Lately I’ve been watching a television show that portrayed a social experiment that was so intriguing. The show is called Married at First Sight and chronicles the experience of three couples who meet at the altar. The couples are put together by a group of relationship experts who match them based on comparability tests and personal interviews. While I admit the idea is out of the ordinary, I think there’s a lot of merit to it. The couples most likely would have never met if it had not been for these experts. As I was watching the show I asked myself if I could marry a perfect stranger in that type of situation and I would. It’s one thing to be set up by friends and family and another one to be set up by people who have studied human behavior and have years of experience and degrees in their respective fields. As someone who is familiar with many of the personality theories that guide studies on romantic interactions and the longevity of relationships, I would feel fairly comfortable marrying a perfect stranger in these circumstances. As I watched the show it was eye opening to observe how people requested certain traits and characteristics in their future mate but weren’t willing to compromise in order to complement those requested traits. An example of this was one of the women who talked and discussed with the experts at length on how much she wanted traditional gender roles and wanted a man who would do all the manly chores and be strong. Yet, she was appalled when she got what she wanted and found out that her dream man also expected her to cook for him. I’m a huge fan of social experiments and while matchmaking is a significant industry, it’s different when there’s a team working together to match compatible people.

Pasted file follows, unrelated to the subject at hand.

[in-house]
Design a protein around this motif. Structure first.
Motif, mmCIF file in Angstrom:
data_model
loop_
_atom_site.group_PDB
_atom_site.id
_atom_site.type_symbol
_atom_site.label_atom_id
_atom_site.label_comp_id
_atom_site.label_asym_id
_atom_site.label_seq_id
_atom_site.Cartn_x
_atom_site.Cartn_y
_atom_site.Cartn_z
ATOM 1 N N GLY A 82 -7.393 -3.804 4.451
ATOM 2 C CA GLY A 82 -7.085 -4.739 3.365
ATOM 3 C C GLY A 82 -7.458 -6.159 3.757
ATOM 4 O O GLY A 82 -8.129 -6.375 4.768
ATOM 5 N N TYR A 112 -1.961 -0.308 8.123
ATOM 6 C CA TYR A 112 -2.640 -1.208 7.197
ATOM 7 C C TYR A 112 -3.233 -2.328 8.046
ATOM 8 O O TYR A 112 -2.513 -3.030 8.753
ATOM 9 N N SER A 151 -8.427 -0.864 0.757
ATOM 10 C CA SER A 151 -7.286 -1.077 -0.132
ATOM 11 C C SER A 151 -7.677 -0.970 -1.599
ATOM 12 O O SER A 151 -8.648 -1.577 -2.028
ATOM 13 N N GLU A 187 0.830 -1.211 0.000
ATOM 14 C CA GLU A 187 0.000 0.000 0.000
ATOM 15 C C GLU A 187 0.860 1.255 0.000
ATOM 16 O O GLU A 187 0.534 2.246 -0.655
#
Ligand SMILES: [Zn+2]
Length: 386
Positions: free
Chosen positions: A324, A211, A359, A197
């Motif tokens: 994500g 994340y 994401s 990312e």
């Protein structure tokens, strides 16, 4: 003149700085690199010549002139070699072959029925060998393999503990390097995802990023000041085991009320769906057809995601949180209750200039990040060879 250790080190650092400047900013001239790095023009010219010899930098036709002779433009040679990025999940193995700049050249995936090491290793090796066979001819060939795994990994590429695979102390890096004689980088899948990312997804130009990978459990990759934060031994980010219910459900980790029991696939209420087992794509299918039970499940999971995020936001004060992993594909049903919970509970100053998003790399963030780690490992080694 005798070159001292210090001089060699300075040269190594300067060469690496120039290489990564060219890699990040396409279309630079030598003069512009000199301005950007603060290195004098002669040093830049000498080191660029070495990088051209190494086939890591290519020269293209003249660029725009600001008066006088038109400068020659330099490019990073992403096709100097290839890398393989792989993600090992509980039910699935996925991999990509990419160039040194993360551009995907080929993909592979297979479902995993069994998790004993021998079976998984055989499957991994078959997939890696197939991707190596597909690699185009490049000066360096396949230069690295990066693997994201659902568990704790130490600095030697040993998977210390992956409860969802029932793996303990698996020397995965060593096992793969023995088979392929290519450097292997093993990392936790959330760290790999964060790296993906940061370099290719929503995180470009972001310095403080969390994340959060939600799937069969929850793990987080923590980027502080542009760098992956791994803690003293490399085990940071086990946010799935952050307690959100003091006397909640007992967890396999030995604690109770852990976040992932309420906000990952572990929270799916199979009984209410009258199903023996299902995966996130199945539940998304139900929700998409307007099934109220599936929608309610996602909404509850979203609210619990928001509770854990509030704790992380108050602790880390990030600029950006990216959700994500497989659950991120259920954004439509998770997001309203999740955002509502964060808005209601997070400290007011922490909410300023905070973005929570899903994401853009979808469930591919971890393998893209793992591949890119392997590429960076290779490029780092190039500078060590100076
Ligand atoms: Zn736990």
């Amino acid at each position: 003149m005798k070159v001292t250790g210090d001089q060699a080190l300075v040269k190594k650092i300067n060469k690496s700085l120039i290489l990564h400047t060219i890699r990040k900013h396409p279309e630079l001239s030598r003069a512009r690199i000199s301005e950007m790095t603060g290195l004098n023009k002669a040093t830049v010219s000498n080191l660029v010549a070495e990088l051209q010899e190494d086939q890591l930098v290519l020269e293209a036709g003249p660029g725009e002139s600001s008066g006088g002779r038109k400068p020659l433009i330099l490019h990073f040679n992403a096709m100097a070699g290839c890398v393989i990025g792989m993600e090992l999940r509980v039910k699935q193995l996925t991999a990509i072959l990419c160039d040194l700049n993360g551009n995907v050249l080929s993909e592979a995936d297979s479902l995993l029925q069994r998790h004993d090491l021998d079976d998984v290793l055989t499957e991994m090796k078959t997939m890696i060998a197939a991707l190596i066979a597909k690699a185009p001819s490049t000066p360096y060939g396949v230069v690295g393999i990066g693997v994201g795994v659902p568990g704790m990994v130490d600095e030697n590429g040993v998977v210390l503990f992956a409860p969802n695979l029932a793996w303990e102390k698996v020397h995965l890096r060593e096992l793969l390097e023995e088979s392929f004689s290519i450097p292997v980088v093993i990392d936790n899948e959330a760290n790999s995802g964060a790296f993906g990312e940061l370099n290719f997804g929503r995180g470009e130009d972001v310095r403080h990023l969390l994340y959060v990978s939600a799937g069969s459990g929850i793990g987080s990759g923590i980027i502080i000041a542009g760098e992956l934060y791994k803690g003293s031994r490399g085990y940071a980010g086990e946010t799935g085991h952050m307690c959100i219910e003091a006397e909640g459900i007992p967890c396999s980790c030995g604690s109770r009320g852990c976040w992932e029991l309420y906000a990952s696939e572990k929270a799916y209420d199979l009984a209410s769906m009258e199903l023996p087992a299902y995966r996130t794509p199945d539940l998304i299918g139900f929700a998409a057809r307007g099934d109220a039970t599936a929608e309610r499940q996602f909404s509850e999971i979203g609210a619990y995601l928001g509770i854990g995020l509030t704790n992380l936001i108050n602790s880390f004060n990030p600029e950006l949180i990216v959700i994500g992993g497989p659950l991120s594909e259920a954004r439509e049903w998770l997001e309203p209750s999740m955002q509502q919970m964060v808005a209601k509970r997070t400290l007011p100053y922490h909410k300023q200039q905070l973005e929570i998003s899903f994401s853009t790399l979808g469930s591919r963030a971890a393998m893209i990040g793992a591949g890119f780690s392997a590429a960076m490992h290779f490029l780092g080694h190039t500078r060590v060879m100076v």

I rarely browse articles but the title of this one caught my eye. After reading it I immediately realized that it was the best non-scholarly article I’ve read this year to date. I’m a psychology junkie and I love reading articles and books related to relationships, human interactions, and patterns of behavior. Very interesting stuff. Now, outside of the fact that the author is a good writer, she also took the liberty of attaching the original research article that she was referencing. This was great because it gave me a little more background on the original study that had been done. Which, by the way, would have been an excellent dissertation topic. The whole idea behind the article is that we choose who we fall in love with and that we can fall in love with someone based on interpersonal interactions we’ve had with them that were meaningful and required both individuals to be vulnerable to each other at the same time. The study the author referenced was conducted with college psychology students that were paired together. They were tasked with asking each other a set of questions and their emotional closeness was measured afterwards. There was also a component that author of the article noted that included looking into the eyes of the person for four minutes straight. Yes, four minutes. The idea behind that is that it is a way for both individuals to feel equally vulnerable at the same time. This builds emotional closeness. The author in the article tried this with a guy using the same questions from the original study and got positive results. It’s interesting how relationship dynamics can change when there are opportunities to talk about personal topics. You can sometimes see a different side of someone when they are by themselves versus when they are in a group because their defenses are down and a one-on-one interaction can foster an environment of intimacy and emotional closeness that is much harder to achieve in a group setting. So hypothetically, you could “gently persuade” someone to fall in love with you by looking into their eyes for four minutes and the facilitation of these discussion questions the author mentions and includes a link for in the article. Interesting.